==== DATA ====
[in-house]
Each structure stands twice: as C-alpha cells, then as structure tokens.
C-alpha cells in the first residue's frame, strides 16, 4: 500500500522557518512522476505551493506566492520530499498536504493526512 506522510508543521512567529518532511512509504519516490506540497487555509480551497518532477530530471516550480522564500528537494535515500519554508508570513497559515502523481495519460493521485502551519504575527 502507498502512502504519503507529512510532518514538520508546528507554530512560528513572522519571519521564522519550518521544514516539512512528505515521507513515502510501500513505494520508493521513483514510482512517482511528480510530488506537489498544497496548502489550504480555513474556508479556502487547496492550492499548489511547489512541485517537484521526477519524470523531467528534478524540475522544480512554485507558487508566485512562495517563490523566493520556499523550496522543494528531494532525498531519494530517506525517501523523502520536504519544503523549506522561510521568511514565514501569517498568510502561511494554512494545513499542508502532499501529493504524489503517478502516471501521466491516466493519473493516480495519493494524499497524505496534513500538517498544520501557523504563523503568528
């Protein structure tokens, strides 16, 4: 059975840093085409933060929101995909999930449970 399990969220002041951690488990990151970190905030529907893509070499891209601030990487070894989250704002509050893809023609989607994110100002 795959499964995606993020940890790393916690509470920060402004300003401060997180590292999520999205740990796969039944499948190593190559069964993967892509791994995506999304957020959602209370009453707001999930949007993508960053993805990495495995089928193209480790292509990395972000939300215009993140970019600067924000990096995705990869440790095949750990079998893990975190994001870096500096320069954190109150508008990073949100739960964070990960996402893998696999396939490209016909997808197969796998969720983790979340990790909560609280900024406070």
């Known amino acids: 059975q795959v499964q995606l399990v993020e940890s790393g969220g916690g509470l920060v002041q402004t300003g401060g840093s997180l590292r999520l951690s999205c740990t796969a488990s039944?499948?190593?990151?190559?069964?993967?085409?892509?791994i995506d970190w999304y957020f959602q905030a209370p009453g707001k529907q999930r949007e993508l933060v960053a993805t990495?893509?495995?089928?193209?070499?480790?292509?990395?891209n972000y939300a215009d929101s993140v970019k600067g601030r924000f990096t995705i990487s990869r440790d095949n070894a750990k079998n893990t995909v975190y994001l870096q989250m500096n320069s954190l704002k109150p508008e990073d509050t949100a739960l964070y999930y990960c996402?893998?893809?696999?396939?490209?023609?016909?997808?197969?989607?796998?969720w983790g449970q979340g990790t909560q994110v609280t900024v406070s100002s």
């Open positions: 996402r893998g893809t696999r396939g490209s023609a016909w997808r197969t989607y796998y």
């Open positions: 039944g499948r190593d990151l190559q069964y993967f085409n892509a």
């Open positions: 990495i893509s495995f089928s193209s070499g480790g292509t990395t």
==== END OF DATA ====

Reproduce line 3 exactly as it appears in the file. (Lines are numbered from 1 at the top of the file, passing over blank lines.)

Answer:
C-alpha cells in the first residue's frame, strides 16, 4: 500500500522557518512522476505551493506566492520530499498536504493526512 506522510508543521512567529518532511512509504519516490506540497487555509480551497518532477530530471516550480522564500528537494535515500519554508508570513497559515502523481495519460493521485502551519504575527 502507498502512502504519503507529512510532518514538520508546528507554530512560528513572522519571519521564522519550518521544514516539512512528505515521507513515502510501500513505494520508493521513483514510482512517482511528480510530488506537489498544497496548502489550504480555513474556508479556502487547496492550492499548489511547489512541485517537484521526477519524470523531467528534478524540475522544480512554485507558487508566485512562495517563490523566493520556499523550496522543494528531494532525498531519494530517506525517501523523502520536504519544503523549506522561510521568511514565514501569517498568510502561511494554512494545513499542508502532499501529493504524489503517478502516471501521466491516466493519473493516480495519493494524499497524505496534513500538517498544520501557523504563523503568528